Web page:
Most people still subscribe to the notion that machines only follow cold, hard logic, while humans can go beyond that, be creative and have emotions. However, the reality is of course that the laws of physics apply to artificial as well as to natural intelligence.

In the American drama series “Lie To Me” the eccentric genius Dr. Cal Lightman solves crime cases by analyzing vocal, body language and facial micro expressions of suspects. While the character is fictional, he is based on the American psychologist Dr. Paul Ekman, who travelled the world analyzing human expressions, classifying over ten thousand of them. Unsurprisingly, he is one of the best lie detectors in the world. Something you might want to remember, because in the near future, we will all be surrounded by invisible “Dr. Ekmans”.

Toward a transparent society

As science fiction author David Brin once observed, cameras get smaller, cheaper, more numerous and more mobile every year. Today, you can install a surveillance camera in almost any public space as far as the law allows. Chances are that you have already been recorded on hours of surveillance footage, and caught in the background of countless pictures by random strangers. At the same time, facial recognition, emotion reading and vocal analysis technologies already exist, albeit at various stages of development. Most people remain unaware of this, simply because these technologies are not widespread and are still at an early stage, and because they are usually not advertised aggressively to the public. For example, when calling customer service, you have probably already heard something like “this call may be recorded or monitored for quality and training purposes”. But you may not be aware that this might mean that your voice is being analyzed in real time to assist the operator. But if two start-up founders in their twenties can link faces in real-time to social media accounts, I’m pretty confident that others can do this as well. But with any such nascent technology, legal and ethical concerns may limit the use of such applications for some time yet.

It seems inevitable that digital and physical identity will merge into one at some point. And for many purposes this will be a good thing. For example, Australia has recently started to look at replacing passport control with facial recognition technology. If body markers such as facial recognition can provide authentication, the paying experience could become completely seamless. You would never have to worry again about forgetting your keys or your wallet, since you conveniently would always have yourself with you at all times.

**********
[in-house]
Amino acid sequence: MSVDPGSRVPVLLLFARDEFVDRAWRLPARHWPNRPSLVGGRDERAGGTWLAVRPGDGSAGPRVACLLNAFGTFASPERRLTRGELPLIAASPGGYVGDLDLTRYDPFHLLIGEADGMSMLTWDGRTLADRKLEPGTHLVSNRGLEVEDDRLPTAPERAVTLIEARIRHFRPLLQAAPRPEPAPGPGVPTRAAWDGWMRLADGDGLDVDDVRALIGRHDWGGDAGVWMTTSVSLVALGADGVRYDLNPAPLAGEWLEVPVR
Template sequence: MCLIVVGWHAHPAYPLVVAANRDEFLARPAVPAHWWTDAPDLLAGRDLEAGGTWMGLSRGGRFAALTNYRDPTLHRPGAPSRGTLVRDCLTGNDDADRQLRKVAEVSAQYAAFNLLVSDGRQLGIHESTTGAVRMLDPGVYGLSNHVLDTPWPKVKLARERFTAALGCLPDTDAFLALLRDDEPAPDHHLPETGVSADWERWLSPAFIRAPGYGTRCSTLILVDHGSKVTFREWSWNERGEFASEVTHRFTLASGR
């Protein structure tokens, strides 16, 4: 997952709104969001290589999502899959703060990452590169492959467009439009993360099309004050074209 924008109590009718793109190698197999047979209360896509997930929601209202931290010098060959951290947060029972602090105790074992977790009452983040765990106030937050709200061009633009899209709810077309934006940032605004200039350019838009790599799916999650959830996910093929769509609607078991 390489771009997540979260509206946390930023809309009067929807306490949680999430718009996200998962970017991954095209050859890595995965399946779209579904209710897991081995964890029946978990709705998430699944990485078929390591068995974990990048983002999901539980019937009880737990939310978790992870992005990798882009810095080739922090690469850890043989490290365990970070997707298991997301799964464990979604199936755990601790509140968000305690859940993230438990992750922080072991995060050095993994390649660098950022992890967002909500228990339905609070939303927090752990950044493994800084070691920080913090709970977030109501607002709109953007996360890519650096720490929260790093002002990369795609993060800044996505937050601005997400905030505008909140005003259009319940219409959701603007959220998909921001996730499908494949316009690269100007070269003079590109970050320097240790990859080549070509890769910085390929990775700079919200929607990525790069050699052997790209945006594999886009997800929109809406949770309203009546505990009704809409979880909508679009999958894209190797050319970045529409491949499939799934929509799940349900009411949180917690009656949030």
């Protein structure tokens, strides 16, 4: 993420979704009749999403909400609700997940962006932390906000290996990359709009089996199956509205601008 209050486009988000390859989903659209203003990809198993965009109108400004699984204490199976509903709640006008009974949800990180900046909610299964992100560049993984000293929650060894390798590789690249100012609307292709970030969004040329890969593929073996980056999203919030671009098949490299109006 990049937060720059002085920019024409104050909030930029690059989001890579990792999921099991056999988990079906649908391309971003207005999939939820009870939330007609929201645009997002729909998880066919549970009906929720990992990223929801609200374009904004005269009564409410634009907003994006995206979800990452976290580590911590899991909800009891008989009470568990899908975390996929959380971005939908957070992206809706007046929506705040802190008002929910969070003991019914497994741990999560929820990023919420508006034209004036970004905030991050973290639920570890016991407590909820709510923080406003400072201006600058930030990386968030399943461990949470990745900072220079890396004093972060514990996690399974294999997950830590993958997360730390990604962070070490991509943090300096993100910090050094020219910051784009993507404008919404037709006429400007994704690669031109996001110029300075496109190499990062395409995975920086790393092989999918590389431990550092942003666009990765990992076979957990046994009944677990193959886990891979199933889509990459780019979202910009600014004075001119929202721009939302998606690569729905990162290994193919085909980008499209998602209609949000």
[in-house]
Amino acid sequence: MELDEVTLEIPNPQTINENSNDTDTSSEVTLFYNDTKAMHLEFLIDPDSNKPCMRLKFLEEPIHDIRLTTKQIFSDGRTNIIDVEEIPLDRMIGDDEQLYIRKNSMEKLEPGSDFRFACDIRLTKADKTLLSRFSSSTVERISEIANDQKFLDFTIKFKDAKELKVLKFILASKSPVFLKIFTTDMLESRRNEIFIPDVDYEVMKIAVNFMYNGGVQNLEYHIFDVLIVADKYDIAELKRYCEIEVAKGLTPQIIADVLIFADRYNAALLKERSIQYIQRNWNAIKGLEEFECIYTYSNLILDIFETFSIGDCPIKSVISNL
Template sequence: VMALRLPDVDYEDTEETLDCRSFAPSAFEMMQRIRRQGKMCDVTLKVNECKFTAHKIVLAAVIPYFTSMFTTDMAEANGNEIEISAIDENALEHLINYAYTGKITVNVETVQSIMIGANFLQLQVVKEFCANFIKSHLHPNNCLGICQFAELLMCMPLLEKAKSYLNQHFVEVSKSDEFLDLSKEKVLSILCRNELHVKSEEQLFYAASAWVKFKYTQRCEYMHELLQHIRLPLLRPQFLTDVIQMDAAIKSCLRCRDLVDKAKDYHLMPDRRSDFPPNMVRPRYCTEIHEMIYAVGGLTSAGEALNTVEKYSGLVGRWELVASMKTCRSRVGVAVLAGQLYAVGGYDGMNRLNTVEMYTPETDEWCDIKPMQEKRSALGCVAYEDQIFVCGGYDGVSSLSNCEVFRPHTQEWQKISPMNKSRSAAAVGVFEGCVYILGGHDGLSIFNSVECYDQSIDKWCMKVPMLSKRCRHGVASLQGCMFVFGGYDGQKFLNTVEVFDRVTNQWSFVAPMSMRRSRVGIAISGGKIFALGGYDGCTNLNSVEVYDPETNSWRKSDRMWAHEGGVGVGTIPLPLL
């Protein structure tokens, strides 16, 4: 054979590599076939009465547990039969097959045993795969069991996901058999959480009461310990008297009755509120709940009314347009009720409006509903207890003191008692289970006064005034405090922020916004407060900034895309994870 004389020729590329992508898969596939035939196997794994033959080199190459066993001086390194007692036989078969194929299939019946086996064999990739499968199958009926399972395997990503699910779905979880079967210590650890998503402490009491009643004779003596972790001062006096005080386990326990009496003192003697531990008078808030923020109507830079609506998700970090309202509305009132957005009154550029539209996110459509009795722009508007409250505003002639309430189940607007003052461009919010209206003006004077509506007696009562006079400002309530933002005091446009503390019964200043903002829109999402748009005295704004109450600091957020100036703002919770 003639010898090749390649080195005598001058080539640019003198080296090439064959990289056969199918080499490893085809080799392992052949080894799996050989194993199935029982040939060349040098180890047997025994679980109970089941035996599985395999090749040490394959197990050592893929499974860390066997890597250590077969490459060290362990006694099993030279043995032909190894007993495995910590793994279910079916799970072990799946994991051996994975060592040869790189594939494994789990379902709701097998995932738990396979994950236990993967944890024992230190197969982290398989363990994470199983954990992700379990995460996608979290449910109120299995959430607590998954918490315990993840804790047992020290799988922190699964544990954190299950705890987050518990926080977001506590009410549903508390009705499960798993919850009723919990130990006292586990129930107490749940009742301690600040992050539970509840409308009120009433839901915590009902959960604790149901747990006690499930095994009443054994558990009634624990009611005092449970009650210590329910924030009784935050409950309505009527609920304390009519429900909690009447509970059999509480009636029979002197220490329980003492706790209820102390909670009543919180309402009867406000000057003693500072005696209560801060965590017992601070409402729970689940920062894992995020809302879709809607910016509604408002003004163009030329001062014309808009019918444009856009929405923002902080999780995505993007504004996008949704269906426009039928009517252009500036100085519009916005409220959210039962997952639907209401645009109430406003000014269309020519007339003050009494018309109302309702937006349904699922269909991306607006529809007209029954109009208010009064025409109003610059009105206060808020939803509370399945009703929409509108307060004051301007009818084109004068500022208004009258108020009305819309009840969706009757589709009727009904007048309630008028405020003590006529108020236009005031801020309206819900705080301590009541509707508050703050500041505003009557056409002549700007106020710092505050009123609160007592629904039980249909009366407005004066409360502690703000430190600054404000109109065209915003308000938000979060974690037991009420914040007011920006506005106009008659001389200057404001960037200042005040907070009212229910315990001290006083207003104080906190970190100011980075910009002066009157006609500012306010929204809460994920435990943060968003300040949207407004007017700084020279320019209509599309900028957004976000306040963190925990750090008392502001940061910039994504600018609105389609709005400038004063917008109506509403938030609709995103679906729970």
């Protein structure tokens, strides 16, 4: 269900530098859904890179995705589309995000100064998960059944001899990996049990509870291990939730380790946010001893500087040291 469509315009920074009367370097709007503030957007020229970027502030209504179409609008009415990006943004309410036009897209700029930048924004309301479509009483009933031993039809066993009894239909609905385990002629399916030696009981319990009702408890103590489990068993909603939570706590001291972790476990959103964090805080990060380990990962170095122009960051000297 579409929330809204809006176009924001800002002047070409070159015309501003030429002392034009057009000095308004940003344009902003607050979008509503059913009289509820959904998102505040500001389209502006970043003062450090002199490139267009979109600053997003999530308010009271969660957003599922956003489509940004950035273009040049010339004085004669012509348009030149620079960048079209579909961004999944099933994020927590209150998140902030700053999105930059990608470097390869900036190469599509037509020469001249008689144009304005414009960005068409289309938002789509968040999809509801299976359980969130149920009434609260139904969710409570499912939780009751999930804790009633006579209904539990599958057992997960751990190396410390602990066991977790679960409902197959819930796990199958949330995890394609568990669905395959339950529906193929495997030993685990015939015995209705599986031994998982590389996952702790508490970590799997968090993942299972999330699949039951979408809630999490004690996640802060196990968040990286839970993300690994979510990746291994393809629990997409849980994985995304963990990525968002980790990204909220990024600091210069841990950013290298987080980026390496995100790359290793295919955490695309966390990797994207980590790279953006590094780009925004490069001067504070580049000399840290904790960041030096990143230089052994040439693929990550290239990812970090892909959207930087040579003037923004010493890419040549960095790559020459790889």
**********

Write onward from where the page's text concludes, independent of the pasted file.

Eventually, affective computing as it is known could be integrated into smart assistants that provide real-time interaction and analysis and increase your awareness of what your conversational partner thinks and feels, or if they appear disingenuous. This might provide an enhancement in many situations and bridge gaps between different modes of communication and expression. However, there might also be serious downsides. We can usually remain superficially polite toward people we have an antipathy to. But in the future, microexpressions could betray our inner thoughts and feelings to others and pose a barrier toward further collaboration, especially if we don’t learn to be more tolerant of temporary negative feelings toward us. Furthermore, if digital assistants told you how best to communicate with another person in real-time and vice versa, the whole point of human interaction is called into question.


The recent political upset in the United States produced a lot of discussions about the role of social media and the filter bubble. However, if we look at the developments in artificial creativity and affective computing, creating your own stream of news articles is just the beginning. In the future, almost everything will be tailored to you from personalized medicine, personalized foods, to “Minority Report” style adverts. Even if you bought the same book as someone else you might literally read different things. Artificial intelligence could learn your preferences and even incorporate real-time emotional reactions to personalize not just books, but also music, education, games or movies. Whereas today we may live in bubbles of people broadly agreeing with our political ideas, in the future we may live increasingly in a bubble of our own.

Rather than continuously having to adjust to the needs of other people, human-aware artificial intelligence could be a personalized discussion partner that can adjust its tone, voice, appearance and content towards fulfilling your needs. That would be great in customer service or financial advice, but automated empathy will hardly stop there. Will we still be willing to deal with the effort and frustration of putting up with real people in our lives? Or will personalized AI also become our friend and lover as depicted in the movie “Her”?

Does paradise contain people at all?

At some point, people might ask why they should share the same reality with others at all. It’s still quite remote, but far from crazy to assume that at some point we will all be able to live in virtual realities. Whether that will happen through external visual aids, direct brain-computer interfaces or even through uploading our minds onto a new substrate, as some imagine. In the real world, wealth is limited and we can't all be famous rock stars with a Ferrari, and a villa on a private beach. In a virtual environment all this becomes possible.

So, is escapism into solipsistic simulations our future? It’s beyond the scope of this article to discuss such fundamental questions, but as a society we inevitably have to think about the social implications of new technologies sooner or later.